Here's a beauiful space video: 18 time-lapse sequences of photos taken from the International Space Station, gorgeously processed and edited by Michael König.

It is like sitting in heaven and orchestrating the magic called Earth - the mesmerizing aurora borealis or the Northern and Southern Lights, the lightnings in the clouds, the cobwebs of settlement light stretching across continents, the blue oceans. A list of the locations being passed over are mentioned below.

Shooting locations in order of appearance:

1. Aurora Borealis Pass over the United States at Night
2. Aurora Borealis and eastern United States at Night
3. Aurora Australis from Madagascar to southwest of Australia
4. Aurora Australis south of Australia
5. Northwest coast of United States to Central South America at Night
6. Aurora Australis from the Southern to the Northern Pacific Ocean
7. Halfway around the World
8. Night Pass over Central Africa and the Middle East
9. Evening Pass over the Sahara Desert and the Middle East
10. Pass over Canada and Central United States at Night
11. Pass over Southern California to Hudson Bay
12. Islands in the Philippine Sea at Night
13. Pass over Eastern Asia to Philippine Sea and Guam
14. Views of the Mideast at Night
15. Night Pass over Mediterranean Sea
16. Aurora Borealis and the United States at Night
17. Aurora Australis over Indian Ocean
18. Eastern Europe to Southeastern Asia at Night           

Wednesday, November 9, 2011

Understanding the European Union Financial Crisis

If a picture is worth 1,000 words, a video is worth 10,000 words.

But why is Germany letting Greece default by cancelling 50% of latters debt?

Before Euro became a common currency across Europe, German exports stood at around $487 billion in 1995. In 1999, the first year of the Euro being used as a currency the exports were at Euro 469 billion. Next year they increased to Euro 548 billion. And now they stand at Euro 1 trillion.

Using Euro as a common currency took away the cost of dealing with multiple currencies and thus helped Germany expand its exports to its European neighbors big time. Also with a common currency at play, exchange rate fluctuations which play an important part in the export game, no longer mattered and what really mattered was the cost of production.

Since the beginning of the Euro in 1999, Germany has become some 30 per cent more productive than Greece. Very roughly, that means it costs 30 per cent more to produce the same amount of goods in Greece than in Germany. That is why Greece imports $64 billion and exports only $21 billion.

So the way it works is that German banks lend to other countries in Europe at low interest rates and they, in turn, buy German goods and services which are extremely competitively priced as well as of good quality. This, of course, helps Germany.

And that is why Germany is interested in rescuing these countries or at least showing that it is trying to do something about it. Because if these countries in Europe collapse, then German exports will collapse as well.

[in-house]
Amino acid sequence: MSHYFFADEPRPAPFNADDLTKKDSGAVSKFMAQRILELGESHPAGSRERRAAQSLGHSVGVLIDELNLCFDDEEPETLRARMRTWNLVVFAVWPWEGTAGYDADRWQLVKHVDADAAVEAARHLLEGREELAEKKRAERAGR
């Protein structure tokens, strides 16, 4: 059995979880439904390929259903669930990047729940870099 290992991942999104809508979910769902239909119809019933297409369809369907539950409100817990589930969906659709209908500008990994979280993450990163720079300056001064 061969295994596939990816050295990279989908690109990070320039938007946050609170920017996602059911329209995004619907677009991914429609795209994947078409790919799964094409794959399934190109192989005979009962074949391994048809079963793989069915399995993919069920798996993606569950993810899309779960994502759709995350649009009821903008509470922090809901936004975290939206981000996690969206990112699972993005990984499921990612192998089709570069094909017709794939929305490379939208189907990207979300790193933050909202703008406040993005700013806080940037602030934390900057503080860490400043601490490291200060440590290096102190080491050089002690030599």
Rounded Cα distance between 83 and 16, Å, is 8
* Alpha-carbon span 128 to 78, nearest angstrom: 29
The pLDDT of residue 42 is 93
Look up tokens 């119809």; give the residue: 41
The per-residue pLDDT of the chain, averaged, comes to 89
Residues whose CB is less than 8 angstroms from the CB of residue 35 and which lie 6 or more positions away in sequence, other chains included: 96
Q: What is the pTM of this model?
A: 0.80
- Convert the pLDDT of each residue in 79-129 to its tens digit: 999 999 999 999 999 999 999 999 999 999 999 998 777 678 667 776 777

One solution bandied around is that these countries which are in severe debt to Germany should be asked to stop using the Euro as its currency. But if they stop using the Euro as a currency, then the huge export advantage which Germany has had because of the Euro will also end.

Moral of the story? Germany is jammed in from both sides!

How the whole thing happened explained in a picture:

Understanding the European crisis

Who will lose money?

More data and numbers?

Sunday, November 6, 2011

Personalization and E-Commerce

Strong customer relationships are important to the success of an e-commerce business. That's why the e-commerce personalization features are so important.

I went to a neighborhood grocery store, of which I am a regular customer, and asked for a bottle of juice. He gave me a bottle of orange juice with lots of pulp, exactly the one I like.
You are standing in a digital electronics store, wondering which video game to buy for your son - Sony PS3 or XBox 360 or Wii? You are inclined to purchase Sony PS3 but minutes later, a store executive walks up to you and points to XBox 360 console and motivates you to give it a try. Nothing more is said and you walk out of the store with XBox 360 in your hand, passing by the smiling store executive.

These are just two forms of personalization out of many. Personalization is easy to achieve in the physical world. In the virtual world, it is a tad hard. There are no store executives to help, yet you must understand the preferences, needs and intentions of the shopper and help him transact. Sounds easy? I will say may be yes but mostly no.

Let's get to product recommendations, a very interesting form of personalization. The phrases that e-retailers use goes something like this:
  • Similar products
  • Recommended products
  • People who viewed this product also viewed these products
  • People who bought this product also bought these products and more
While searching for a dual SIM mobile phone, the following products are recommended for your consideration. If you have guessed by now, recommending relevant products is very important.